- Review your peers’ blogs and leave comments. (Check the list of peer blogs on our course blog.)
- Check your own homepage and see if you like it. Keep designing it.
- REVIEW the feedback for blog post 1&2 and keep perfecting your blog if you are having the same ‘issues.’
- Homework over the weekend: Browse our guest speaker AAron Ontiveroz’s (Denver Post photographer) work and prepare 2-3 questions for him. Due in class next Wednesday (2/19).
- Reminder: Also, please submit one photo for your Photojournalism assignment before next Wednesday’s class (8 a.m.) via Canvas.
- Quiz 1 + End of Module Reflection (Review, update, and reflect on your learning goals.)
- Keep working on your photojournalism assignment (Planning)
- Review the Blog Post 4 Assignment and start brainstorming journalistic web story ideas.
Reminder: One photojournalism photo for next Wednesday
We will use these photos to interact with our guest speaker Aaron Ontiveroz (Denver Post photographer) in class. If you have any specific questions about your work or advice you’d want to ask from Aaron, feel free to prepare accordingly. This will be a great chance to learn from an experienced professional and also an alumnus.
Quiz 1+End of Module Reflection
- ⏱You have 30 minutes to finish the quiz.
- 🙅You cannot use the textbook, check the course blog or your notes during the quiz. Your computer should only have the quiz page open at all times.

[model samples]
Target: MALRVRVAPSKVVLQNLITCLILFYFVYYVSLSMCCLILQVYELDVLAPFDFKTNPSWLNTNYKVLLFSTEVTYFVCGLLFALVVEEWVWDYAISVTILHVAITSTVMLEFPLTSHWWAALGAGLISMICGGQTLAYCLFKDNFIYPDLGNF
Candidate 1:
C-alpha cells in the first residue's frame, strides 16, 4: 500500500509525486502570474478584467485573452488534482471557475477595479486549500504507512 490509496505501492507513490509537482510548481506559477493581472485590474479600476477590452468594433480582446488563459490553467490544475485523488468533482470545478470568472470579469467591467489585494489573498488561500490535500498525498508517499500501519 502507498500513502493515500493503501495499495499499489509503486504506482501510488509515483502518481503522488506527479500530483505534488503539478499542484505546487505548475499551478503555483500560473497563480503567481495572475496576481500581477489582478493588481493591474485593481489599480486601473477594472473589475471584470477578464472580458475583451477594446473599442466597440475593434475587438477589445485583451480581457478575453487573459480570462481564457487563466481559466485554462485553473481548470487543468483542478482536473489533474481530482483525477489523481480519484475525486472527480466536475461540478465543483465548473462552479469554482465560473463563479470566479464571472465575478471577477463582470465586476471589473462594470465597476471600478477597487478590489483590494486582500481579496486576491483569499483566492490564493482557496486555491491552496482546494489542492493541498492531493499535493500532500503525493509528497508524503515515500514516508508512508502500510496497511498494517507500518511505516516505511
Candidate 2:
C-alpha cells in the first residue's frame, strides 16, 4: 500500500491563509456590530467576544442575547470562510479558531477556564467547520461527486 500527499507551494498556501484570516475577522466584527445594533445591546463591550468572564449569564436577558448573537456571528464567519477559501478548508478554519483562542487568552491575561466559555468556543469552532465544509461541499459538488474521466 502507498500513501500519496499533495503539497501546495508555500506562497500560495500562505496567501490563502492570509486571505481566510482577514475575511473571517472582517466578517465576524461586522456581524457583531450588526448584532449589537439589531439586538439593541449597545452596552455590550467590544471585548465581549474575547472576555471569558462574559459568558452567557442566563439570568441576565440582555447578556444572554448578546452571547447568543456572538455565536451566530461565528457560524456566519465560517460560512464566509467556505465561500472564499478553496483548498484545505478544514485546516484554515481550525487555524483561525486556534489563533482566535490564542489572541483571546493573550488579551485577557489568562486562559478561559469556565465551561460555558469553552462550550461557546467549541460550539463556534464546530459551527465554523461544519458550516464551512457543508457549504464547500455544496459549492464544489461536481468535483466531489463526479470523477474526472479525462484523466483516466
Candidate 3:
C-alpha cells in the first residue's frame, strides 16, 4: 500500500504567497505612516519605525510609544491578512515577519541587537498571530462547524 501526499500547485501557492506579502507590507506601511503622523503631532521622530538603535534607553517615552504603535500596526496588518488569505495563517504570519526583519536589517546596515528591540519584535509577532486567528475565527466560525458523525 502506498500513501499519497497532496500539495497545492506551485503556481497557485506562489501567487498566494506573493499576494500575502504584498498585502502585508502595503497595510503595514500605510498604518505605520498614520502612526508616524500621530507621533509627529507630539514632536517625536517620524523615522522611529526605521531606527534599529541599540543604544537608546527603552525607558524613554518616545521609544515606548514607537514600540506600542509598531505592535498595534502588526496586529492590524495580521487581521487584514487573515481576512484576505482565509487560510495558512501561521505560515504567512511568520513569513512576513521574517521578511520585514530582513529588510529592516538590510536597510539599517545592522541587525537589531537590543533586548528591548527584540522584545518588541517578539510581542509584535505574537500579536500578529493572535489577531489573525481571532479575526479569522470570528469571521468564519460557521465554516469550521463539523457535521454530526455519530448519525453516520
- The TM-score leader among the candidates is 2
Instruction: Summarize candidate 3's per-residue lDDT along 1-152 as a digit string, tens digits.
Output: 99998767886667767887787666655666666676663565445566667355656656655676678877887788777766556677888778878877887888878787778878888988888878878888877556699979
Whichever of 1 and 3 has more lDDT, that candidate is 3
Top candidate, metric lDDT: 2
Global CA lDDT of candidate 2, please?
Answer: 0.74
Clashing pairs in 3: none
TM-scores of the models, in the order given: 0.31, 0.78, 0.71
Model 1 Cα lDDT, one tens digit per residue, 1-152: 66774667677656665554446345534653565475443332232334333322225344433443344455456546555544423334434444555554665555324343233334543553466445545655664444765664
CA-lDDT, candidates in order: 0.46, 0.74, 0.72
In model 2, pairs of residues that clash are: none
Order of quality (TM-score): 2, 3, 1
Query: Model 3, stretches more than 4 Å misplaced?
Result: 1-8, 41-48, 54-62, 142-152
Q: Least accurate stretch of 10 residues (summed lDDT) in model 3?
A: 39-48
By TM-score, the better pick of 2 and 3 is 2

- ✍️ After you submit the quiz, come find your previous reflection sheet, take a piece of paper, and take a paper clip as well. Then, move onto writing the End of Module Reflection:
- Review your career & learning goals;
- Reflect on how or if photography has helped achieve them in any way;
- Update your goals if need to.
- This reflection can be very short, depending on what your goals are.
- 🧷Upon submitting the reflection, use a paper clip to clip them together. Make sure your name is on all the papers.
- 📜Correct answers are available for a week, starting from 9:51 a.m. today.
Continue planning photojournalism assignment.
Blog Post 4 – Journalistic Web Story
- Review the instruction document via Wyocourses.
- Check out peers work.
- Start brainstorming ideas for your journalistic web story.
In the next two weeks, we will remember the groundwork — the essentials — of newswriting.
All of you have some experience with these basics from COJO 2100 (Media Writing). It never hurts to refresh our memories about some key concepts of journalism, writing, and reporting.
First Things First. Don’t Suggest a Topic. Suggest an Angle.
Brainstorming for news ideas and finding your story focus can be difficult. But, it is necessary before you jump into a story.
What would you rather read about? (1) Student stress during finals week or (2) How a student organization offers massage, pet therapy, comedian performances, and healthy food during finals week to ease stress?
I bet story #2.
Story #2 has a strong angle, where story #1 is a general, vague topic.
I want you to write a story with a strong, specific angle.
Brainstorming by Beats
Below are six beats. Story topics are below beats. These are ways in which to organized your brainstorming.
Remember that we cannot write objective journalistic stories on topics we are INVESTED in.
We write topics that we are INTERESTED in.
Arts & Entertainment
- Art shows
- Music performances